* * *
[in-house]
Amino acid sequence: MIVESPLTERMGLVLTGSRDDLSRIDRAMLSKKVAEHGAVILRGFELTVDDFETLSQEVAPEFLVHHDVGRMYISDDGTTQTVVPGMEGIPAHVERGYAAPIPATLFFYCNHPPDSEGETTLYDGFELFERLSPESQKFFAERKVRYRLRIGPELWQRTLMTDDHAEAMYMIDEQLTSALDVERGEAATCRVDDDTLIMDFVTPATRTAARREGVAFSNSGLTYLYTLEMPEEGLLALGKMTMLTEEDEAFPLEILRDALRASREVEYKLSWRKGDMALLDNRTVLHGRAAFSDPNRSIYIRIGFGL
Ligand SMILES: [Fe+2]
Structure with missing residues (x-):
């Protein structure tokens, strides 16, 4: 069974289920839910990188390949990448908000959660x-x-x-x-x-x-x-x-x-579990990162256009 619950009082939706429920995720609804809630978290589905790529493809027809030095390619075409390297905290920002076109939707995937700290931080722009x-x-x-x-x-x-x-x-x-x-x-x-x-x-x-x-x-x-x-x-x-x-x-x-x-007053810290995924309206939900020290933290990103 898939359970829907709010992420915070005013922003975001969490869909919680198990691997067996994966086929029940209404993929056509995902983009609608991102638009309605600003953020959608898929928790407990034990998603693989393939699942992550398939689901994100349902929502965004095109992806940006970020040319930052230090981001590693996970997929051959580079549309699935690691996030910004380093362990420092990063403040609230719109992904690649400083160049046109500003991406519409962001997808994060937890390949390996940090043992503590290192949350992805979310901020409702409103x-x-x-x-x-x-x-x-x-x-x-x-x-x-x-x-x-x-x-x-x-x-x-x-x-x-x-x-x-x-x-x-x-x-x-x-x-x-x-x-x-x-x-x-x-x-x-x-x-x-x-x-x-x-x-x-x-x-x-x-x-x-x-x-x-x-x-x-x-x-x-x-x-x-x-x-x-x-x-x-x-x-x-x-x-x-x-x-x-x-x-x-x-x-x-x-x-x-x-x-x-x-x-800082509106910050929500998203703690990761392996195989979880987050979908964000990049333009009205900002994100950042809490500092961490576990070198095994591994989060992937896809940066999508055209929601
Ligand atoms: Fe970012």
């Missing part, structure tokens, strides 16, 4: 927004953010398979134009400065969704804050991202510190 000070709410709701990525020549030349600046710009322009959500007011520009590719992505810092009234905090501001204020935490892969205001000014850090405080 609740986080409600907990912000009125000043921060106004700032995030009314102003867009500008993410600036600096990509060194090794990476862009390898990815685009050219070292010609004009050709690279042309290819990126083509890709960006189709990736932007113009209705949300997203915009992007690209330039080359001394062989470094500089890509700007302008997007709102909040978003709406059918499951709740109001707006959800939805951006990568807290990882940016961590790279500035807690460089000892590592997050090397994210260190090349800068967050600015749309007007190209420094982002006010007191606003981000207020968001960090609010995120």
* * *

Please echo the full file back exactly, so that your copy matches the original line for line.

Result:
[in-house]
Amino acid sequence: MIVESPLTERMGLVLTGSRDDLSRIDRAMLSKKVAEHGAVILRGFELTVDDFETLSQEVAPEFLVHHDVGRMYISDDGTTQTVVPGMEGIPAHVERGYAAPIPATLFFYCNHPPDSEGETTLYDGFELFERLSPESQKFFAERKVRYRLRIGPELWQRTLMTDDHAEAMYMIDEQLTSALDVERGEAATCRVDDDTLIMDFVTPATRTAARREGVAFSNSGLTYLYTLEMPEEGLLALGKMTMLTEEDEAFPLEILRDALRASREVEYKLSWRKGDMALLDNRTVLHGRAAFSDPNRSIYIRIGFGL
Ligand SMILES: [Fe+2]
Structure with missing residues (x-):
């Protein structure tokens, strides 16, 4: 069974289920839910990188390949990448908000959660x-x-x-x-x-x-x-x-x-579990990162256009 619950009082939706429920995720609804809630978290589905790529493809027809030095390619075409390297905290920002076109939707995937700290931080722009x-x-x-x-x-x-x-x-x-x-x-x-x-x-x-x-x-x-x-x-x-x-x-x-x-007053810290995924309206939900020290933290990103 898939359970829907709010992420915070005013922003975001969490869909919680198990691997067996994966086929029940209404993929056509995902983009609608991102638009309605600003953020959608898929928790407990034990998603693989393939699942992550398939689901994100349902929502965004095109992806940006970020040319930052230090981001590693996970997929051959580079549309699935690691996030910004380093362990420092990063403040609230719109992904690649400083160049046109500003991406519409962001997808994060937890390949390996940090043992503590290192949350992805979310901020409702409103x-x-x-x-x-x-x-x-x-x-x-x-x-x-x-x-x-x-x-x-x-x-x-x-x-x-x-x-x-x-x-x-x-x-x-x-x-x-x-x-x-x-x-x-x-x-x-x-x-x-x-x-x-x-x-x-x-x-x-x-x-x-x-x-x-x-x-x-x-x-x-x-x-x-x-x-x-x-x-x-x-x-x-x-x-x-x-x-x-x-x-x-x-x-x-x-x-x-x-x-x-x-x-800082509106910050929500998203703690990761392996195989979880987050979908964000990049333009009205900002994100950042809490500092961490576990070198095994591994989060992937896809940066999508055209929601
Ligand atoms: Fe970012």
């Missing part, structure tokens, strides 16, 4: 927004953010398979134009400065969704804050991202510190 000070709410709701990525020549030349600046710009322009959500007011520009590719992505810092009234905090501001204020935490892969205001000014850090405080 609740986080409600907990912000009125000043921060106004700032995030009314102003867009500008993410600036600096990509060194090794990476862009390898990815685009050219070292010609004009050709690279042309290819990126083509890709960006189709990736932007113009209705949300997203915009992007690209330039080359001394062989470094500089890509700007302008997007709102909040978003709406059918499951709740109001707006959800939805951006990568807290990882940016961590790279500035807690460089000892590592997050090397994210260190090349800068967050600015749309007007190209420094982002006010007191606003981000207020968001960090609010995120």